Business owners take on $15 minimum wage, paid leave
Small business owners grappling with proposals to raise the minimum wage and mandate paid leave expressed their frustrations to business leaders and state lawmakers Tuesday morning — in loud and often heated terms — repeatedly stressing how the increased costs could force them to cut workers, raise prices, or close their doors for good.
“We feel frozen,” said one. “Where is our power to stop this?”
“We can’t as small business owners let you guys do this anymore,” said another, prompting the room to break out in applause. “You’re crushing small business.”
“Am I the only one who finds this whole thing insane?” someone asked.
“No!” the crowd erupted.
Restaurateurs, shop owners, a zoo executive, and a day-care provider were among several hundred people who packed a meeting room at the Omni Parker House to voice their concerns to business leaders, legislators, and Governor Charlie Baker. Christopher Carlozzi, event moderator and head of the National Federation of Independent Business Massachusetts, repeatedly urged business owners to head to Beacon Hill after the forum ended to meet with their state legislators.
At issue are bills to raise the state minimum wage from $11 to $15 an hour, and the tipped minimum wage from $3.75 to $9, by 2022, and require businesses to give employees up to 16 weeks of paid family leave for the birth or adoption of a child and up to 26 weeks of paid medical leave for serious injuries or illnesses. If lawmakers fail to act, the measures will go before voters in the fall. Ballot questions to increase tax on income over $1 million and reduce sales tax were also briefly discussed.
These are far from the only financial pressure facing the state’s small business owners, said Bob Luz, president of the Massachusetts Restaurant Association. Within the last few years they have had to deal with the minimum wage rising from $8 to $11 and paid sick time becoming state law. Unlike 39 other states, Massachusetts doesn’t have a lower teen or training wage, and the state is one of only two that require retailers to pay time and a half on Sundays and holidays. In addition, health care costs are soaring and online retailers are leeching sales from local stores.
Jon Hurst, president of the Retailers Association of Massachusetts, said he has never heard so much anger and concern over the future of small business. And he holds unions responsible for pushing these pro-worker measures.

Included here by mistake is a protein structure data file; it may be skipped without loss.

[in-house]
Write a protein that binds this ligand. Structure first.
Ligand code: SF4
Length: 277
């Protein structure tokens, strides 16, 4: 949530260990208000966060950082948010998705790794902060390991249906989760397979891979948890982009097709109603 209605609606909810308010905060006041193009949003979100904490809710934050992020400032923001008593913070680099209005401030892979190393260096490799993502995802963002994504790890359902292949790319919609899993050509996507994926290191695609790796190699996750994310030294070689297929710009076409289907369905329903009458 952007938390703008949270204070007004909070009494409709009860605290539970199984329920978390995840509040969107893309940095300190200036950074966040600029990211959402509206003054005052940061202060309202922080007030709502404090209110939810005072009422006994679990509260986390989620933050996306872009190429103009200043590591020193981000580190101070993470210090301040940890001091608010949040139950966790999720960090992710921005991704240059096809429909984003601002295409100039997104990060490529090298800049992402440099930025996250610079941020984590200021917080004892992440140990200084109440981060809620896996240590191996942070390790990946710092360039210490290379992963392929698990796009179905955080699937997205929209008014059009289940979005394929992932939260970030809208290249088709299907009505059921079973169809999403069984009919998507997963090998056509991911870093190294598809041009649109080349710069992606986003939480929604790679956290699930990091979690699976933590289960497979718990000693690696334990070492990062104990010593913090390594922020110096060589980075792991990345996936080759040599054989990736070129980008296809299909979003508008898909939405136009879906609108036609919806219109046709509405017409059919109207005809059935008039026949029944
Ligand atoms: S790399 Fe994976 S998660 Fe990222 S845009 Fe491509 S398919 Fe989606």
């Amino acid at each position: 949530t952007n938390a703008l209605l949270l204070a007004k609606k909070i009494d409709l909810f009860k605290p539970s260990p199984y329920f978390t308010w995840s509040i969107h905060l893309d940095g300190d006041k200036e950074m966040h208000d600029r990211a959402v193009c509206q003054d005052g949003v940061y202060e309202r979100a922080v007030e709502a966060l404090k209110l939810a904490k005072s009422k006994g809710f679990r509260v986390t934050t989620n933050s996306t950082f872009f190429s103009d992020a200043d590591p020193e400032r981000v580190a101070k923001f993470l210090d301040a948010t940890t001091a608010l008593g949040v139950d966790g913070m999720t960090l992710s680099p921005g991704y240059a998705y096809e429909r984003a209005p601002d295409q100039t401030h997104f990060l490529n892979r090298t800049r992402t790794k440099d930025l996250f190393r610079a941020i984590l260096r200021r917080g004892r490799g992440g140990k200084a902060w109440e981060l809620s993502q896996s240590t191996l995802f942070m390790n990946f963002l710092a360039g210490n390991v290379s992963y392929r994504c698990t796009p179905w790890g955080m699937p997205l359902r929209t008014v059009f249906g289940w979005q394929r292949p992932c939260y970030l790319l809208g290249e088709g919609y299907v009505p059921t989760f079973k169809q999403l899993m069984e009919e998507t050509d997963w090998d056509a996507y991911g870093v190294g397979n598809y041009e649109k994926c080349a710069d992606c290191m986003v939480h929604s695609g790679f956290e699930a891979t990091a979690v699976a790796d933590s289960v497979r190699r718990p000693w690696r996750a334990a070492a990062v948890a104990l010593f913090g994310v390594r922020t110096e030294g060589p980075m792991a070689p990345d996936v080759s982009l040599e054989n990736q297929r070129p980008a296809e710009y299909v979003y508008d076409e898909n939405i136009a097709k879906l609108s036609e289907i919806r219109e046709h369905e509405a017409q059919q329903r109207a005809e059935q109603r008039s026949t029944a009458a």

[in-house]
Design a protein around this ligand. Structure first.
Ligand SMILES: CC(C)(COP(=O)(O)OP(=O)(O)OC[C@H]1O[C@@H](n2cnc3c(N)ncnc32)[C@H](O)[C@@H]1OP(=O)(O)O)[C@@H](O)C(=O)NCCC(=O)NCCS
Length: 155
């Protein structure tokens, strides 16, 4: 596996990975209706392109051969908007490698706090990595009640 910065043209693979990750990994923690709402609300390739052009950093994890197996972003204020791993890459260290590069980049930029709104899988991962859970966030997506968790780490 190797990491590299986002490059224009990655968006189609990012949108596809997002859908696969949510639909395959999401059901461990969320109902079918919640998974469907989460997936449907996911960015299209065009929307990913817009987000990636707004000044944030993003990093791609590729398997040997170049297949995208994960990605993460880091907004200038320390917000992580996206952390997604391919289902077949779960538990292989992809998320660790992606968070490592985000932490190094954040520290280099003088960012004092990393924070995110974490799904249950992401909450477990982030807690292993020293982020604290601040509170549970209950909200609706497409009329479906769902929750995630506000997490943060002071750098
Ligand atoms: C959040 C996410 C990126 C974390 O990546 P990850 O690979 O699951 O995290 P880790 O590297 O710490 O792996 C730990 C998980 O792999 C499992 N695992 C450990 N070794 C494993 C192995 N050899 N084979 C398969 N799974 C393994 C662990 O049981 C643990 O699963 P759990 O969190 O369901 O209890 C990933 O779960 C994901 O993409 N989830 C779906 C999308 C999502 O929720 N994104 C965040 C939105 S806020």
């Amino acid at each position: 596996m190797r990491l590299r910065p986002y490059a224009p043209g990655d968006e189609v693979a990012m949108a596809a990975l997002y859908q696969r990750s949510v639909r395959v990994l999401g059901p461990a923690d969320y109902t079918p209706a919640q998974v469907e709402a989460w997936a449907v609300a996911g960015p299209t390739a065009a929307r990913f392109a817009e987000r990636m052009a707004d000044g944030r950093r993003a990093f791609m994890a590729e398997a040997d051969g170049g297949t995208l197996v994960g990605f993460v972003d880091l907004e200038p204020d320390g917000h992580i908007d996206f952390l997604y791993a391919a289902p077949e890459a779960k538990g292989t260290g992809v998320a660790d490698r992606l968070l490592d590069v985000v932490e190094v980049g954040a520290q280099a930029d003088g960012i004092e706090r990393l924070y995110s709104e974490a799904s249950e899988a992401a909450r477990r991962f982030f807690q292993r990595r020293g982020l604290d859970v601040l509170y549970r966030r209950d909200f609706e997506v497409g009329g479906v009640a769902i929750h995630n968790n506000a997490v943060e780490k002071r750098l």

“This labor agenda is holding a gun to our collective heads every two years,” he said. “We have a real fight on our hands.”
Tony Tierno, owner of Spin Cycle Laundromats in Wakefield and Methuen, estimates he would have to cut back on his employees’ hours and raise prices by about 10 percent if minimum wage and family leave mandates are enacted.
“We’re catering to low-income people that are coming in to use our machines, and we have to go up on the prices on these people,” he said.
The state lawmakers at the forum, members of the Joint Committee on Labor & Workforce Development, tried to assure the testy crowd that they were trying to work out a compromise to keep the issues from going to the ballot, an effort Baker said he supported.
Raise Up Massachusetts, the coalition of labor, religious, and community organizations behind the previous wage hike and paid sick leave law, is leading the charge on a $15 minimum and paid family leave, and has collected enough signatures to put the issue to voters.
The lawmakers repeatedly told the crowd that the initiatives are being driven by advocates and aren’t “coming from us.”
“At the end of the day, we don’t hold the cards. They do,” said Senator Jason Lewis, a Democrat and chair of the Labor and Workforce Development Committee.
A number of business owners are in favor of a $15 minimum wage, including more than 250 around the state who have signed a Massachusetts Business for a Fair Minimum Wage statement. Higher wages lead to more consumer buying power, which leads to job creation, the statement notes; higher wages also mean lower turnover, reduced training costs, and increased productivity.
Representative Joseph McKenna, Republican of the 18th Worcester District, noted that business owners are at a disadvantage in the court of public opinion because low-wage workers’ stories are so powerful.
“The challenge is that the testimony in favor of these things is very emotional,” he said, urging those in the crowd to talk less about the bottom line and more about the personal hardships they are facing.
Erin Calvo-Bacci, owner of a chocolate manufacturing business in Swampscott, obliged, standing to say she had already sold her house and moved her family into a two-bedroom apartment to keep her business afloat. But speaking out against higher wages is not a popular position, she said.
“A lot of people are too afraid to speak because of the bullies,” she said.
Mary Grimmer, owner of three Little Treasures Schoolhouse child-care centers north of Boston, said that if these measures are approved, raising rates might not be enough. She could be forced to let her music and science teachers go, or possibly replace college-educated teachers with less-experienced assistants.
Southwick’s Zoo in Mendon employs 200 people in the summer, many of them students, but if some sort of training wage isn’t enacted to offset a $15 minimum, the zoo would have to stop hiring young people, said vice president Cindy Lavoie. The zoo is even looking into a ticket-selling machine to cut down on labor costs, but that could hurt customer service.
“We’d rather have people,” she said.